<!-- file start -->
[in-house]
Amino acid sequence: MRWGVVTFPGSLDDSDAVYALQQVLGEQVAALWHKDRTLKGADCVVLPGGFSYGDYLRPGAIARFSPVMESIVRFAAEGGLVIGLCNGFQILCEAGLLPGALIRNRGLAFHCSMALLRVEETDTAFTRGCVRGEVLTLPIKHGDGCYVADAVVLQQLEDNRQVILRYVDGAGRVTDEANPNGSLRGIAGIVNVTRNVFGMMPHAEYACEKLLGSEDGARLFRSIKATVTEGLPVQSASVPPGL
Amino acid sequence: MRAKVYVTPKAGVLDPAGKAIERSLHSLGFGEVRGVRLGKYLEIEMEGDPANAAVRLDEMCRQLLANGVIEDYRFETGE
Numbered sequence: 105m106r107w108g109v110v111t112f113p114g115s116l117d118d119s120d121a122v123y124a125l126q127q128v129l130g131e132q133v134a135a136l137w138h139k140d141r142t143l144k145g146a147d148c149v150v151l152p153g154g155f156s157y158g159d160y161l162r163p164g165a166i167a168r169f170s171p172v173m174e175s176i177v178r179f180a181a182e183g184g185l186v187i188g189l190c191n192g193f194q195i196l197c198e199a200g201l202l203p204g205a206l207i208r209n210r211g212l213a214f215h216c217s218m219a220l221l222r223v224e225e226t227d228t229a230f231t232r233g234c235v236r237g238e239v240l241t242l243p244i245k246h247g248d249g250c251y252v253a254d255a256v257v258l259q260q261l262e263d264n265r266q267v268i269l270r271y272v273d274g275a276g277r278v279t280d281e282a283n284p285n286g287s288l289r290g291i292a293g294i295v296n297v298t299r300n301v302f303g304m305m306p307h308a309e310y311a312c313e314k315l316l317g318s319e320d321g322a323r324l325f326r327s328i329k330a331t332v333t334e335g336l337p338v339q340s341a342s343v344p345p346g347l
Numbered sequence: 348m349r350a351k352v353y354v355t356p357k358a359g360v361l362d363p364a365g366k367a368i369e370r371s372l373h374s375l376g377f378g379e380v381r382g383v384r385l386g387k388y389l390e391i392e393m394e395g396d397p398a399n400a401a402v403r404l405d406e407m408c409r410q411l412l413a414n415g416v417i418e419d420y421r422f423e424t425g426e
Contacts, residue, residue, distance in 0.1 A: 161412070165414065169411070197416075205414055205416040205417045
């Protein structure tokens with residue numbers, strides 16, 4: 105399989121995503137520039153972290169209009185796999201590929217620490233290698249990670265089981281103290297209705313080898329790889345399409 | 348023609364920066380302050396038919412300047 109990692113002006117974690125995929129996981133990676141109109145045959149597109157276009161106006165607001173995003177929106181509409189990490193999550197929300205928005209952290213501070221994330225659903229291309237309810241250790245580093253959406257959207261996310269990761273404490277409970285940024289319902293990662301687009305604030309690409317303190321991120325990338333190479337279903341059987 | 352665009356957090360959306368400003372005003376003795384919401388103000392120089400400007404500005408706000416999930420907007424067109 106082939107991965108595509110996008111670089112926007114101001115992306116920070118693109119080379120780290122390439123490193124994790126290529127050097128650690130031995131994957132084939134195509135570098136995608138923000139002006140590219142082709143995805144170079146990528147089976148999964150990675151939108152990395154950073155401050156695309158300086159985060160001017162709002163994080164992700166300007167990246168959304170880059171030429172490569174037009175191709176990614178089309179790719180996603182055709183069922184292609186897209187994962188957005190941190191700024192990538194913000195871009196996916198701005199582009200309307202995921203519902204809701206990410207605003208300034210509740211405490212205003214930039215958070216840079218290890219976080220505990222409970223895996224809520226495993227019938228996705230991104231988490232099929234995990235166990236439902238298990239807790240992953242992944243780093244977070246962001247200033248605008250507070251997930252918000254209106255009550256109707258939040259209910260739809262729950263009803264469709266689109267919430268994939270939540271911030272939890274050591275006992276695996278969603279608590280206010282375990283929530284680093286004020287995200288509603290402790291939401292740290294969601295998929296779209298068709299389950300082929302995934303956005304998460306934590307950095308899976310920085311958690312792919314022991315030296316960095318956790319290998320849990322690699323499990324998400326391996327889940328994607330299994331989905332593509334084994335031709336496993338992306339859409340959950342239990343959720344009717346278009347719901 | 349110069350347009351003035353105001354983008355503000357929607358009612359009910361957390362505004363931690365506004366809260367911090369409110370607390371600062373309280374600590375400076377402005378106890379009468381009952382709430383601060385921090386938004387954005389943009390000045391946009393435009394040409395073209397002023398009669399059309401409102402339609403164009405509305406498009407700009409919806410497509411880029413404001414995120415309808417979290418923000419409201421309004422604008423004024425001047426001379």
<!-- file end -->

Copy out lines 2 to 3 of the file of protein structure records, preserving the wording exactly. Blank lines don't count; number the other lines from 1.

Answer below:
Amino acid sequence: MRWGVVTFPGSLDDSDAVYALQQVLGEQVAALWHKDRTLKGADCVVLPGGFSYGDYLRPGAIARFSPVMESIVRFAAEGGLVIGLCNGFQILCEAGLLPGALIRNRGLAFHCSMALLRVEETDTAFTRGCVRGEVLTLPIKHGDGCYVADAVVLQQLEDNRQVILRYVDGAGRVTDEANPNGSLRGIAGIVNVTRNVFGMMPHAEYACEKLLGSEDGARLFRSIKATVTEGLPVQSASVPPGL
Amino acid sequence: MRAKVYVTPKAGVLDPAGKAIERSLHSLGFGEVRGVRLGKYLEIEMEGDPANAAVRLDEMCRQLLANGVIEDYRFETGE